The Enzyme Database

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EC 3.5.1.54     
Accepted name: allophanate hydrolase
Reaction: urea-1-carboxylate + H2O = 2 CO2 + 2 NH3
Glossary: allophanate = urea-1-carboxylate
Other name(s): allophanate lyase; AtzF; TrzF
Systematic name: urea-1-carboxylate amidohydrolase
Comments: Along with EC 3.5.2.15 (cyanuric acid amidohydrolase) and EC 3.5.1.84 (biuret amidohydrolase), this enzyme forms part of the cyanuric-acid metabolism pathway, which degrades s-triazide herbicides, such as atrazine [2-chloro-4-(ethylamino)-6-(isopropylamino)-1,3,5-triazine], in bacteria. The yeast enzyme (but not that from green algae) also catalyses the reaction of EC 6.3.4.6, urea carboxylase, thus bringing about the hydrolysis of urea to CO2 and NH3 in the presence of ATP and bicarbonate. The enzyme from Pseudomonas sp. strain ADP has a narrow substrate specificity, being unable to use the structurally analogous compounds urea, hydroxyurea or methylcarbamate as substrate [6].
Links to other databases: BRENDA, EXPASY, KEGG, MetaCyc, UM-BBD, CAS registry number: 9076-72-6
References:
1.  Maitz, G.S., Haas, E.M. and Castric, P.A. Purification and properties of the allophanate hydrolase from Chlamydomonas reinhardii. Biochim. Biophys. Acta 714 (1982) 486–491.
2.  Roon, R.J. and Levenberg, B. Urea amidolyase. I. Properties of the enzyme from Candida utilis. J. Biol. Chem. 247 (1972) 4107–4113. [PMID: 4556303]
3.  Sumrada, R.A. and Cooper, T.G. Urea carboxylase and allophanate hydrolase are components of a multifunctional protein in yeast. J. Biol. Chem. 257 (1982) 9119–9127. [PMID: 6124544]
4.  Kanamori, T., Kanou, N., Kusakabe, S., Atomi, H. and Imanaka, T. Allophanate hydrolase of Oleomonas sagaranensis involved in an ATP-dependent degradation pathway specific to urea. FEMS Microbiol. Lett. 245 (2005) 61–65. [DOI] [PMID: 15796980]
5.  Cheng, G., Shapir, N., Sadowsky, M.J. and Wackett, L.P. Allophanate hydrolase, not urease, functions in bacterial cyanuric acid metabolism. Appl. Environ. Microbiol. 71 (2005) 4437–4445. [DOI] [PMID: 16085834]
6.  Shapir, N., Sadowsky, M.J. and Wackett, L.P. Purification and characterization of allophanate hydrolase (AtzF) from Pseudomonas sp. strain ADP. J. Bacteriol. 187 (2005) 3731–3738. [DOI] [PMID: 15901697]
7.  Shapir, N., Cheng, G., Sadowsky, M.J. and Wackett, L.P. Purification and characterization of TrzF: biuret hydrolysis by allophanate hydrolase supports growth. Appl. Environ. Microbiol. 72 (2006) 2491–2495. [DOI] [PMID: 16597948]
[EC 3.5.1.54 created 1986, modified 2008]
 
 
EC 3.5.1.84     
Accepted name: biuret amidohydrolase
Reaction: biuret + H2O = urea-1-carboxylate + NH3
Glossary: biuret = imidodicarbonic diamide
allophanate = urea-1-carboxylate
Other name(s): biuH (gene name)
Systematic name: biuret amidohydrolase
Comments: The enzyme, characterized from the bacterium Rhizobium leguminosarum bv. viciae 3841, participates in the degradation of cyanuric acid, an intermediate in the degradation of s-triazide herbicides such as atrazine [2-chloro-4-(ethylamino)-6-(isopropylamino)-1,3,5-triazine]. The substrate, biuret, forms by the spontaneous decarboxylation of 1-carboxybiuret in the absence of EC 3.5.1.131, 1-carboxybiuret hydrolase.
Links to other databases: BRENDA, EXPASY, KEGG, MetaCyc, UM-BBD, CAS registry number: 95567-88-7
References:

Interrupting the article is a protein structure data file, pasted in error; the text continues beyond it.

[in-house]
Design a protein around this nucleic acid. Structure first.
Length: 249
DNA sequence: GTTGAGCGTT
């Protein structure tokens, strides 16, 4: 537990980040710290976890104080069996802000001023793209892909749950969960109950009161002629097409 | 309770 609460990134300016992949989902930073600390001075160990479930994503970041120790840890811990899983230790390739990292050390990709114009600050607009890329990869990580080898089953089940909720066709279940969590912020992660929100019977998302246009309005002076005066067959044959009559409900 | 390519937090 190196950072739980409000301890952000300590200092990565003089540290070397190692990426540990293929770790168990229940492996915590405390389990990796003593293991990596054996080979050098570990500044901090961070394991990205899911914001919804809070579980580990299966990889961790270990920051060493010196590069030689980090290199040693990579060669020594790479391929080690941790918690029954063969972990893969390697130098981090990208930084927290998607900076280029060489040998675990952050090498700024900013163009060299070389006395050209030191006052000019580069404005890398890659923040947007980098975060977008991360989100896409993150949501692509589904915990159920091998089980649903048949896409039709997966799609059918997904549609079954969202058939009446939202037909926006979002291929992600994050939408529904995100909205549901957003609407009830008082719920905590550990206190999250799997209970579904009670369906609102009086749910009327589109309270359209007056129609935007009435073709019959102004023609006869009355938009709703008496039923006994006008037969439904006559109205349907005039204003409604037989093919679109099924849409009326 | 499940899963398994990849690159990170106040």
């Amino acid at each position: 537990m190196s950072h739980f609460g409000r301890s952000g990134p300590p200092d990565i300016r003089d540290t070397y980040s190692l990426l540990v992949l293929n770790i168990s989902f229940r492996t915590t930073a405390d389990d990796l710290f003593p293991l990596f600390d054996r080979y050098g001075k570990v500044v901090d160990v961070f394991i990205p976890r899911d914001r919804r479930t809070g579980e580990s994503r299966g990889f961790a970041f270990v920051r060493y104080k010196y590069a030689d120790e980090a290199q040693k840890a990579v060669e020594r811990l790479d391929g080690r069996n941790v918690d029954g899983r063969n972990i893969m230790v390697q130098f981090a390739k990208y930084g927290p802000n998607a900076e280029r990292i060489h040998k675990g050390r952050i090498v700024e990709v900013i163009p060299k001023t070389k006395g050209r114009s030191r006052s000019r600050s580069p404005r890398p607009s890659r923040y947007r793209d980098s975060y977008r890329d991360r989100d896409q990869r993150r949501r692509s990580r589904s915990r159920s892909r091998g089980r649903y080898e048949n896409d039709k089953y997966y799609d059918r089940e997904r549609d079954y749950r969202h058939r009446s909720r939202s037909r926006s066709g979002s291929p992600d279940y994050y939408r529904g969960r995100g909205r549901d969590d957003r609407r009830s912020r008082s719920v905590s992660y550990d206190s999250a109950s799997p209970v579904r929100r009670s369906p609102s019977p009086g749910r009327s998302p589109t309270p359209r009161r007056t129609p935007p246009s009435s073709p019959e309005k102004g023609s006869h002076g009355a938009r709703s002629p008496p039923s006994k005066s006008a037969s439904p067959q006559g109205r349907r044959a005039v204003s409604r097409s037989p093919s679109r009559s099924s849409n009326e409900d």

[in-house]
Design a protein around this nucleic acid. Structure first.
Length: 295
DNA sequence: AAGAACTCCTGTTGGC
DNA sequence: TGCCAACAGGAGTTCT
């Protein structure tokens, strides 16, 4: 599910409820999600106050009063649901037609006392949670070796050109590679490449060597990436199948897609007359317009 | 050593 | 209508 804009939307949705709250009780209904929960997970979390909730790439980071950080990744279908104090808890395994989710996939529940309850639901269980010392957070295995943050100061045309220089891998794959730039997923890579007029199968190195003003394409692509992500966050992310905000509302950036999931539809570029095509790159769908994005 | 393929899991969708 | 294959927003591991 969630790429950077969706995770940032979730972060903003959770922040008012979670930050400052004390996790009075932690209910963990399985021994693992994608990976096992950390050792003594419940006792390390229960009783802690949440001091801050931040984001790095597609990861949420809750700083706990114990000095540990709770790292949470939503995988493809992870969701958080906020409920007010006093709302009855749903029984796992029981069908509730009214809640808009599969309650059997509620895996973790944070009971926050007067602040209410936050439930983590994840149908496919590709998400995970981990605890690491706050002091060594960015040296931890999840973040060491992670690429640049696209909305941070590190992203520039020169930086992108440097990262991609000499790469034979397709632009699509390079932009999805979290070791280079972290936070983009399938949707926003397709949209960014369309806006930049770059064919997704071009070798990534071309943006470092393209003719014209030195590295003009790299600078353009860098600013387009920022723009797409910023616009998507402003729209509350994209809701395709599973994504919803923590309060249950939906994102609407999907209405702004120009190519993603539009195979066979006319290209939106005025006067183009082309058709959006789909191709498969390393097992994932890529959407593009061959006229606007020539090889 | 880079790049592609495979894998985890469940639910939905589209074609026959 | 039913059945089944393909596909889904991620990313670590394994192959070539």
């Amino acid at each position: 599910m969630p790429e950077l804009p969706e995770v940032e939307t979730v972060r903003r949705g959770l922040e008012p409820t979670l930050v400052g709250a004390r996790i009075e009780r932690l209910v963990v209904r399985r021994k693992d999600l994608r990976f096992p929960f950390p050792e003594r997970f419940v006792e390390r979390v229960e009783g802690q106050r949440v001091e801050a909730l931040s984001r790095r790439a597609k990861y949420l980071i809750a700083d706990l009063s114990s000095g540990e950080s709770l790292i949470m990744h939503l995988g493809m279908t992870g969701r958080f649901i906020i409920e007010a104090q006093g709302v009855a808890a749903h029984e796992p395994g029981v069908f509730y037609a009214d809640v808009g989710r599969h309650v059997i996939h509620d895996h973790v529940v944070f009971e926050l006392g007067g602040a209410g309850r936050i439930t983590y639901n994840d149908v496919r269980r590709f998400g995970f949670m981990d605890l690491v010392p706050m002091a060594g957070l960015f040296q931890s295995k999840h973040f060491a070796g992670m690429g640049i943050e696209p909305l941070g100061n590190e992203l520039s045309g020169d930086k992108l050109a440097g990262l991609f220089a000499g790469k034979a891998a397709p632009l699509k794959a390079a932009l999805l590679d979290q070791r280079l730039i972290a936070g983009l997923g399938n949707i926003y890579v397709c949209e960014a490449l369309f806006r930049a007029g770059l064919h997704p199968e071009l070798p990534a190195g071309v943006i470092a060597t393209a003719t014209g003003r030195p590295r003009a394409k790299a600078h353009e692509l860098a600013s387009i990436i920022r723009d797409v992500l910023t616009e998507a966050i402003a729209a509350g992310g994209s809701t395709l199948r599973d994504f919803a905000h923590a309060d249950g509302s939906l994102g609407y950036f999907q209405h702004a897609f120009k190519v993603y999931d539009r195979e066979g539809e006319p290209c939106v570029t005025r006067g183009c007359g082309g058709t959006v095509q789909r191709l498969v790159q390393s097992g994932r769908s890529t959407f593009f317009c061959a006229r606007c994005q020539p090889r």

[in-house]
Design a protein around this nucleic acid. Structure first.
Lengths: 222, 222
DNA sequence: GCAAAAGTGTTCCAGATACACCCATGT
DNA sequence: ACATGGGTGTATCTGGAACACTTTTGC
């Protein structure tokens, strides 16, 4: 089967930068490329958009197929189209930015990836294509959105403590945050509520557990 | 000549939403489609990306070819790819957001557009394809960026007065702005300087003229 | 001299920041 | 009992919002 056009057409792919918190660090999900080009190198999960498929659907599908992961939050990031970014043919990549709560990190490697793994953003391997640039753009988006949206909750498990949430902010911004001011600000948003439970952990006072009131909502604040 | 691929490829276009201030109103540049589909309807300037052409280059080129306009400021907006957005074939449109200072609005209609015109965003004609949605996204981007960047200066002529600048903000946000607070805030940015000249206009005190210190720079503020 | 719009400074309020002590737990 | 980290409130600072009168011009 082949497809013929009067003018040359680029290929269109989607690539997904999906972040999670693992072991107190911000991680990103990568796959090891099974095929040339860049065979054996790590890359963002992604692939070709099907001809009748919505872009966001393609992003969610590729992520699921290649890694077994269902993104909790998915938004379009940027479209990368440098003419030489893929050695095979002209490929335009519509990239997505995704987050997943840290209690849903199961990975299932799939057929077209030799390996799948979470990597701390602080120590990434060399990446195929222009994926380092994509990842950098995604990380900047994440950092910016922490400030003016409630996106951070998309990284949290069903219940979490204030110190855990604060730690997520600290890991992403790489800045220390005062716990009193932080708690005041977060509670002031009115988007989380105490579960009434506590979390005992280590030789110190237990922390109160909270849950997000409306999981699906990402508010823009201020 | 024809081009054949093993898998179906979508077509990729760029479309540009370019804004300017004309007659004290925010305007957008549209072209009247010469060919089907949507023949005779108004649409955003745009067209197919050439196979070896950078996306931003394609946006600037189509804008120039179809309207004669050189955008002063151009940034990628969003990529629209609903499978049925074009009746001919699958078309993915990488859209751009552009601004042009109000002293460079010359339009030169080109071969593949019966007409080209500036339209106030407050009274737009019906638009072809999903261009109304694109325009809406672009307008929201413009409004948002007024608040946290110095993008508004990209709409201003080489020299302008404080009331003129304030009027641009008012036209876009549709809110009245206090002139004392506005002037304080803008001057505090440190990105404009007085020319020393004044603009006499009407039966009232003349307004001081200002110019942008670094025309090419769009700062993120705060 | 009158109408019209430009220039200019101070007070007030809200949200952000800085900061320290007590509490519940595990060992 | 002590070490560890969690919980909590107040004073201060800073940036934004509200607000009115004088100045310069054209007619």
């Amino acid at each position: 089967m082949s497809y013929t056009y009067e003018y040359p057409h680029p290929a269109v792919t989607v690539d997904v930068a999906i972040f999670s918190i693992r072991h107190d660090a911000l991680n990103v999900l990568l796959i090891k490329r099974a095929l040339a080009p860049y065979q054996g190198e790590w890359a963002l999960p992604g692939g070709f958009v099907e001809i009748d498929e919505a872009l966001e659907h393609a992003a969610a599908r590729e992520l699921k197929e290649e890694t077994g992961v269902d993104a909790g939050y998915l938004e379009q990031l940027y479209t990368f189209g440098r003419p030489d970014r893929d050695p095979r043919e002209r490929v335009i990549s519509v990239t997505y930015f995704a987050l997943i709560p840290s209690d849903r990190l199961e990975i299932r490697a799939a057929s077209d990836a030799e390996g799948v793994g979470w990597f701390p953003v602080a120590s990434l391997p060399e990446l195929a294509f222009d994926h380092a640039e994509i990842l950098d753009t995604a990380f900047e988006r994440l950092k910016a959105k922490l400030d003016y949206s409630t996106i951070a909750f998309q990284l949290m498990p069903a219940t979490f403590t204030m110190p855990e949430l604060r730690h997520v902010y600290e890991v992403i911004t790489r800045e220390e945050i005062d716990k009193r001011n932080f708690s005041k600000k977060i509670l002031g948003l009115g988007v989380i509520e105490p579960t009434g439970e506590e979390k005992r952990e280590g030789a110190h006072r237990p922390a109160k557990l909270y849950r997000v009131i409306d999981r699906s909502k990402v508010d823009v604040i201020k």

1.  Cameron, S.M., Durchschein, K., Richman, J.E., Sadowsky, M.J. and Wackett, L.P. A new family of biuret hydrolases involved in s-triazine ring metabolism. ACS Catal. 2011 (2011) 1075–1082. [PMID: 21897878]
2.  Esquirol, L., Peat, T.S., Wilding, M., Lucent, D., French, N.G., Hartley, C.J., Newman, J. and Scott, C. Structural and biochemical characterization of the biuret hydrolase (BiuH) from the cyanuric acid catabolism pathway of Rhizobium leguminosarum bv. viciae 3841. PLoS One 13:e0192736 (2018). [PMID: 29425231]
3.  Esquirol, L., Peat, T.S., Wilding, M., Liu, J.W., French, N.G., Hartley, C.J., Onagi, H., Nebl, T., Easton, C.J., Newman, J. and Scott, C. An unexpected vestigial protein complex reveals the evolutionary origins of an s-triazine catabolic enzyme. J. Biol. Chem. 293 (2018) 7880–7891. [PMID: 29523689]
[EC 3.5.1.84 created 2000, modified 2008, modified 2019]
 
 
EC 6.3.4.6     
Accepted name: urea carboxylase
Reaction: ATP + urea + HCO3- = ADP + phosphate + urea-1-carboxylate
Glossary: urea-1-carboxylate = allophanate
Other name(s): urease (ATP-hydrolysing); urea carboxylase (hydrolysing); ATP—urea amidolyase; urea amidolyase; UALase; UCA
Systematic name: urea:carbon-dioxide ligase (ADP-forming)
Comments: A biotinyl-protein. The yeast enzyme (but not that from green algae) also catalyses the reaction of EC 3.5.1.54 allophanate hydrolase, thus bringing about the hydrolysis of urea to CO2 and NH3. Previously also listed as EC 3.5.1.45. The enzyme from the prokaryotic bacterium Oleomonas sagaranensis can also use acetamide and formamide as substrates [4].
Links to other databases: BRENDA, EXPASY, KEGG, MetaCyc, CAS registry number: 9058-98-4
References:
1.  Roon, R.J. and Levenberg, B. ATP-Urea amidolyase (ADP) (Candida utilis). Methods Enzymol. 17A (1970) 317–324.
2.  Roon, R.J. and Levenberg, B. Urea amidolyase. I. Properties of the enzyme from Candida utilis. J. Biol. Chem. 247 (1972) 4107–4113. [PMID: 4556303]
3.  Sumrada, R.A. and Cooper, T.G. Urea carboxylase and allophanate hydrolase are components of a multifunctional protein in yeast. J. Biol. Chem. 257 (1982) 9119–9127. [PMID: 6124544]
4.  Kanamori, T., Kanou, N., Atomi, H. and Imanaka, T. Enzymatic characterization of a prokaryotic urea carboxylase. J. Bacteriol. 186 (2004) 2532–2539. [DOI] [PMID: 15090492]
[EC 6.3.4.6 created 1972, modified 1986 (EC 3.5.1.45 created 1978, incorporated 1986)]
 
 


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